The Textbook: Kind eyes, a precise five-centimeter half-ro extended off her shriveled skull, godlike pie-making skills, and a card-carrying Wheel Watchers member, the Textbook is the grandma we've all heard of yet never actually encountered. I'll admit, some grandmas come close, but they usually have a catch, like a gambling addiction or a club foot. Still, take what you can get, as any grandmother with a proclivity for baking who isn't girdle-deep in tears for her deceased husband is something to be cherished.

The No-Vacancy: Keep a "Caution: wet floor" sign around this grandma, because she drools more than Sarah Palin during an episode of Rocky and Bullwinkle. If a No-Vacancy can walk, which they usually can't, it's only to the nearest window to talk to clouds. A No-Vacancy is completely checked out, will mutter in a way that makes Dikembe Mutombo seem articulate, and has all the composure of Michael Jackson in a moon bounce. If your grandma is a No-Vacancy, it's alright to be disappointed. Just remember: she never counts what's in her purse.

Primeval Barbie: Usually found thumbing through sports bras in Macy's, the Primeval Barbie is the grandma who clings to youth like a dingleberry that just won't come loose. Primeval Barbie has her cosmetic surgeon on speed dial, and thinks of herself as an intergenerational liaison, an idea that is flagrantly malformed and senseless. If you can't poop without supplements, you shouldn't be allowed to have a normal conversation with your granddaughter. End of discussion.

The Sweeter Eater: This is the fat grandma. The grandma that can't talk without gravy leaking from the sides of her mouth. The grandma so deep in the feeding trough, she can't pick a fart from an exploding ventricle. This grandma is nothing short of a dimple-knuckled mountain of calories, and yet, she is the friendliest grandma you know. Nothing warms your heart like her breathy, gristle-speckled voice, usually coated in a rich southern drawl. She's always happy to cook for you, and her recipes are typically a hundred notches from healthy, like deep-fried tenderloin, carbonated milk, or Caesar salad with flattened haggis instead of romaine leaves. As lovable as this grandma is, it is only a matter of time before her trachea collapses under the weight of her chins, leaving her family with the perplexing question of where to find a big enough coffin. Rest in peace, Sweeter Eater.

Holiday Grandma: Here's the back story: Your dad got caught selling crack back in high school, and ever since he's had a strained relationship with his parents, who just happen to be LOADED. They're big players in the pesticide industry. Anyway, even though they aren't really on talking terms with your parents, they still make an effort to be loving grandparents. I mean, it's not your fault your dad's a lowlife. So the Holiday Grandma buys your love three or four times a year. Birthday and Christmas for sure, sometimes Easter, sometimes Valentines day, and every once and a while she'll send you a guilty twenty if she has a flashback of hitting your dad.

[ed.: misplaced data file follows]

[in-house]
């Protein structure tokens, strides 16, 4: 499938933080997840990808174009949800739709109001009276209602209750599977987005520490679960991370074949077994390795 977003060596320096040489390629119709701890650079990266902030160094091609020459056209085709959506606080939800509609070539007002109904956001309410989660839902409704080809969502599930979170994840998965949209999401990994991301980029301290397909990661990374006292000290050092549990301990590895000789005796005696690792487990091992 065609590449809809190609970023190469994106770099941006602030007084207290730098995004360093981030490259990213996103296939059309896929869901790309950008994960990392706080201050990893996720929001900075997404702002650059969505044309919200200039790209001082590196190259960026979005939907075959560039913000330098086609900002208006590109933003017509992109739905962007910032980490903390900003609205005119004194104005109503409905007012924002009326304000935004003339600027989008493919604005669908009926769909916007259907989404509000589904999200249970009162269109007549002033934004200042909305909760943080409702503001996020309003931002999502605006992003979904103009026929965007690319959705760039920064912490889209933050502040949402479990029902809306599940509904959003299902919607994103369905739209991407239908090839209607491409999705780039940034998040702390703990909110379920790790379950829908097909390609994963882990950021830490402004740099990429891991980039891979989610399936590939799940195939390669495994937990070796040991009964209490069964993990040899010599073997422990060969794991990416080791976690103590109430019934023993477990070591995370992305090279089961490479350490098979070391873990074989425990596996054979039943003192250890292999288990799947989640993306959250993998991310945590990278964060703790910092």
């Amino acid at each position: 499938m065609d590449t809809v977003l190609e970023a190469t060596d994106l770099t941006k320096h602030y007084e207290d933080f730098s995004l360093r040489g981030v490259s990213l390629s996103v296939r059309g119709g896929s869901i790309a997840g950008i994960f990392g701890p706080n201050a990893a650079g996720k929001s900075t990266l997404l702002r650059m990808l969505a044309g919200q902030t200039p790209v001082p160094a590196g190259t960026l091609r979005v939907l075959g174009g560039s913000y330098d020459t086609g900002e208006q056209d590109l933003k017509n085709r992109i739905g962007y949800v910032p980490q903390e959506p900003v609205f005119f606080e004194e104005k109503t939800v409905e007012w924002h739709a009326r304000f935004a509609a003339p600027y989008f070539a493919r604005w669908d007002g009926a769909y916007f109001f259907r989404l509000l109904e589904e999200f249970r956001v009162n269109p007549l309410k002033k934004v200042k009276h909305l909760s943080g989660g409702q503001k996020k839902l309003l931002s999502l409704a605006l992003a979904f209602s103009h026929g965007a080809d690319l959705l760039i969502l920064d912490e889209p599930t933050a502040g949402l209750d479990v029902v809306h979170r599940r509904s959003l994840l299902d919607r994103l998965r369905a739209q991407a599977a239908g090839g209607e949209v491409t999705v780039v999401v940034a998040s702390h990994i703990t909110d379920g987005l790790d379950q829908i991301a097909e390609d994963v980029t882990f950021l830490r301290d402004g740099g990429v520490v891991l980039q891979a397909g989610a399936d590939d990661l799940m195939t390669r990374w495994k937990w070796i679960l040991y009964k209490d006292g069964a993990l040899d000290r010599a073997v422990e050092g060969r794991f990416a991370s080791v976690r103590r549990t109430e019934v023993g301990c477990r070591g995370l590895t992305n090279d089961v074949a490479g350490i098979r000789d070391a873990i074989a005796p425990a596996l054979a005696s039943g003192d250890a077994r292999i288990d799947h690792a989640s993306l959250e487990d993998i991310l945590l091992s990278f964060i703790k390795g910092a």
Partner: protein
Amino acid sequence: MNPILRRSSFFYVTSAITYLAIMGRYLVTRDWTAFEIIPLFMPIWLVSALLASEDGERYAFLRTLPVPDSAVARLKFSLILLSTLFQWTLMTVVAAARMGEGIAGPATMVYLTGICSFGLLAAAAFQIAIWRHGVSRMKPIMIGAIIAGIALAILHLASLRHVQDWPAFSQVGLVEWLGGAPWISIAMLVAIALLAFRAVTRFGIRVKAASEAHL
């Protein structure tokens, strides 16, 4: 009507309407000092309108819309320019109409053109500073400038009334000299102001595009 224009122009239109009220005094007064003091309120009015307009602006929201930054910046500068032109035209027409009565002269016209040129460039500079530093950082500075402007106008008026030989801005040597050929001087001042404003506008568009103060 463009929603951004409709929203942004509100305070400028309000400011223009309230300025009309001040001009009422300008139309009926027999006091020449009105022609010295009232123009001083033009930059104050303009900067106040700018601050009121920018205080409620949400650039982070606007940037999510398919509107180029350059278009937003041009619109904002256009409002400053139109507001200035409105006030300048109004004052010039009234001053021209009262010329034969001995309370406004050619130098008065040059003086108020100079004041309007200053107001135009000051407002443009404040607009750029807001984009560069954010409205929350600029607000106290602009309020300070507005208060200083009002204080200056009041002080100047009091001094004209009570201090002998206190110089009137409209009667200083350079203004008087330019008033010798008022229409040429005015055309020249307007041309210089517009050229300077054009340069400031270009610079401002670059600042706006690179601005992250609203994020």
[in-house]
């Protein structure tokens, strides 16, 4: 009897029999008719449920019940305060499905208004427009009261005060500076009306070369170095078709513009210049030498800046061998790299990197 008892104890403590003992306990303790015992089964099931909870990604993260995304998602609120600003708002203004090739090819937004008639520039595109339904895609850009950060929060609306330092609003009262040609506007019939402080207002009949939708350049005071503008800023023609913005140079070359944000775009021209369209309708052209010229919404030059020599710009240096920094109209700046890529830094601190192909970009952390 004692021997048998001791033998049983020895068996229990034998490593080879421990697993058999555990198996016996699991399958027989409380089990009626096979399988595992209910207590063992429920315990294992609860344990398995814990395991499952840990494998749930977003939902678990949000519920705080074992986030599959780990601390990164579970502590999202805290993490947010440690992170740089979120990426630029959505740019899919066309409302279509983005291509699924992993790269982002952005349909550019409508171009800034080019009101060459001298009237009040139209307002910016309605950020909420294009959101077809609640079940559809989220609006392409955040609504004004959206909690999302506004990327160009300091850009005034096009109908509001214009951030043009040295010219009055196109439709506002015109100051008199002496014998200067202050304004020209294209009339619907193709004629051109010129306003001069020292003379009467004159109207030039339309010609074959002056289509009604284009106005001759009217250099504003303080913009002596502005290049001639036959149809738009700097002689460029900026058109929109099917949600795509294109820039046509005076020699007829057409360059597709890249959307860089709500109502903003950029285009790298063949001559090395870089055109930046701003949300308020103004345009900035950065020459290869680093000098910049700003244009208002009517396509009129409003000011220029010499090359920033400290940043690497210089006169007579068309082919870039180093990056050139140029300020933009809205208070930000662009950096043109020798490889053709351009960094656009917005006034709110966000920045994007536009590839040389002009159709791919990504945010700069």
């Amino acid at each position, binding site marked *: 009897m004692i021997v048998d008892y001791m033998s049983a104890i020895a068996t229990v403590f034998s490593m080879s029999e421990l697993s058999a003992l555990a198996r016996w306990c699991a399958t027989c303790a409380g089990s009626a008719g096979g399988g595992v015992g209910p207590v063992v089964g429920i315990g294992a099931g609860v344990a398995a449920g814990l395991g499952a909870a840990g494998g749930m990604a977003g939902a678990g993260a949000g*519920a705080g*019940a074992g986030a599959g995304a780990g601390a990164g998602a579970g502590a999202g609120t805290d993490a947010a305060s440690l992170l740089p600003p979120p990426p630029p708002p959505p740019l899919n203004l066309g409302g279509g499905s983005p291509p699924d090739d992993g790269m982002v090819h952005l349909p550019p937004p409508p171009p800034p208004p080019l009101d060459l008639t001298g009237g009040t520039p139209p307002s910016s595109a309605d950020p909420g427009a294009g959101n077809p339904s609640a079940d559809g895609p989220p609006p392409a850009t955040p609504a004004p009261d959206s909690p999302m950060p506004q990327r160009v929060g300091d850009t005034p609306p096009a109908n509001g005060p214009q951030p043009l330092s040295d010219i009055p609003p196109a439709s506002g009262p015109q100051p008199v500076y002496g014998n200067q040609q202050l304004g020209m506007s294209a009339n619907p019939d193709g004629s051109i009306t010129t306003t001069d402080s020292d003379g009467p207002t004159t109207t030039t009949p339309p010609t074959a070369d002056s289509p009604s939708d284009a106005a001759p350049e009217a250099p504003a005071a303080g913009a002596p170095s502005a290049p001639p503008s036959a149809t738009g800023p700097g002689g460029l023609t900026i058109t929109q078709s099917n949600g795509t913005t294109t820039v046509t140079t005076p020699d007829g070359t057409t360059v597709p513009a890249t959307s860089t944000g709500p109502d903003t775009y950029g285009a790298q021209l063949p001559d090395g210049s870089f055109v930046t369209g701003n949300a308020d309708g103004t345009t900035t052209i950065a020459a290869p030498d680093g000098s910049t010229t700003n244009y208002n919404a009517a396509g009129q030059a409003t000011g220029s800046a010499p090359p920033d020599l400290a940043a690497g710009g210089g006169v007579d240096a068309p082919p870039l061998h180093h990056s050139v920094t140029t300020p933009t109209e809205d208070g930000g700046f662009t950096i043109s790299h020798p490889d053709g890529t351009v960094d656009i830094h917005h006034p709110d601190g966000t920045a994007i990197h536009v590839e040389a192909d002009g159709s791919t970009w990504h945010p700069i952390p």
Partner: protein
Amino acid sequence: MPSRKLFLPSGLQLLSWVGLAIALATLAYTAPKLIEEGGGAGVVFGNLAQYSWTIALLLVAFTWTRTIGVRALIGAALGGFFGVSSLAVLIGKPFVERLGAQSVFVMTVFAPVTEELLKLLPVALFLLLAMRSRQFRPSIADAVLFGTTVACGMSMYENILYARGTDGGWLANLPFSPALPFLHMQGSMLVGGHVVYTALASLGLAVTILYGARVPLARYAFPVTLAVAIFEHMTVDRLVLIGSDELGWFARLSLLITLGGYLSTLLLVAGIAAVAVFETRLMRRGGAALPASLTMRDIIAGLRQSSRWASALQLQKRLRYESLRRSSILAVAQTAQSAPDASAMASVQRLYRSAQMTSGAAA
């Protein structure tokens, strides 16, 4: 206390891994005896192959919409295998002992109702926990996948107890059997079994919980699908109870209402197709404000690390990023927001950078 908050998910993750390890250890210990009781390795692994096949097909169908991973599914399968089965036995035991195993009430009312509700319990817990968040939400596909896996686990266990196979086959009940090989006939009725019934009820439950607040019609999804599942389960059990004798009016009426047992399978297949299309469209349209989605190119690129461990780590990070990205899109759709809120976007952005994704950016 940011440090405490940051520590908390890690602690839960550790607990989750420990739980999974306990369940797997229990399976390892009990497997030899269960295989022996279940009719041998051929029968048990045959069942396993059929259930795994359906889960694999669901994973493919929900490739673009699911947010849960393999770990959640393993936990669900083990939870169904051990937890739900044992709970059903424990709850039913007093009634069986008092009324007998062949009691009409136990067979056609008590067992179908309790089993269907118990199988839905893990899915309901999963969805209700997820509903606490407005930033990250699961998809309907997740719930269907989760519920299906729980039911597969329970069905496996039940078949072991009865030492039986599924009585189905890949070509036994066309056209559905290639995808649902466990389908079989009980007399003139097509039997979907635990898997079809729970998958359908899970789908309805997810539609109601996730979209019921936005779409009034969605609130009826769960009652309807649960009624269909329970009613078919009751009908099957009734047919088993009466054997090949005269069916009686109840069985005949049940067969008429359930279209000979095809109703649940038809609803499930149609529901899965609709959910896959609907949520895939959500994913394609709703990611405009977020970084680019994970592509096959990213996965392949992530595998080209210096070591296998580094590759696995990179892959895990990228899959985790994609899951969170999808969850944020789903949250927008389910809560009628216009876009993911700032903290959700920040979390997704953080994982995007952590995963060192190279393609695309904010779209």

The Red Hat: Have you heard of this Red Hat Society? If you haven't, you might have seen them in Applebees. They're a senile sorority that operates under the idea that post-menopausal misery should be shared, and that no matter how much of a withered wasteland you've become, a bright red hat and a feather boa will always grab more attention than St. Bernard-like jowls. It's a huge trend in elderly emancipation where hundreds of thousands of grandmas are deciding to spend their final years pissing off waiters with their inordinate requests for more pickled and malted menu options. If your grandma is a Red Hat, you may want to subtly urge her back to the couch, where she can get back to the typical geriatric dreams of Jack Lemmon and Alec Guinness riding Hoveround's in the buff.

The "I'm Not Dead Yet": This trend in grandma-ism really took flight with the invention of caller ID. Ignoring grandmothers has become somewhat of a sport amongst those who are tired of tending to petty requests from their increasingly incapacitated grandparents. An "I'm Not Dead Yet" is likely to call near a dozen times a day, usually to ask for some sort of assistance, but often just to ramble on the non-happenings of their day: "Lucas? It's me, Dolores. The neighbor boys are out in the yard and I think they're lookin' to take apples from my tree. Also, I spilled coffee on the linoleum, but mopped it up. So that's my day. If you get this, if you could just-" BORING! Come on, at least lie and say you broke your hip. If you want the attention of your grandchildren, you must offer them something they can't get from the internet or guys with trench-coats in dark alleys, like meat loaf or inheritance. Until then, they'll just keep pretending you're dead.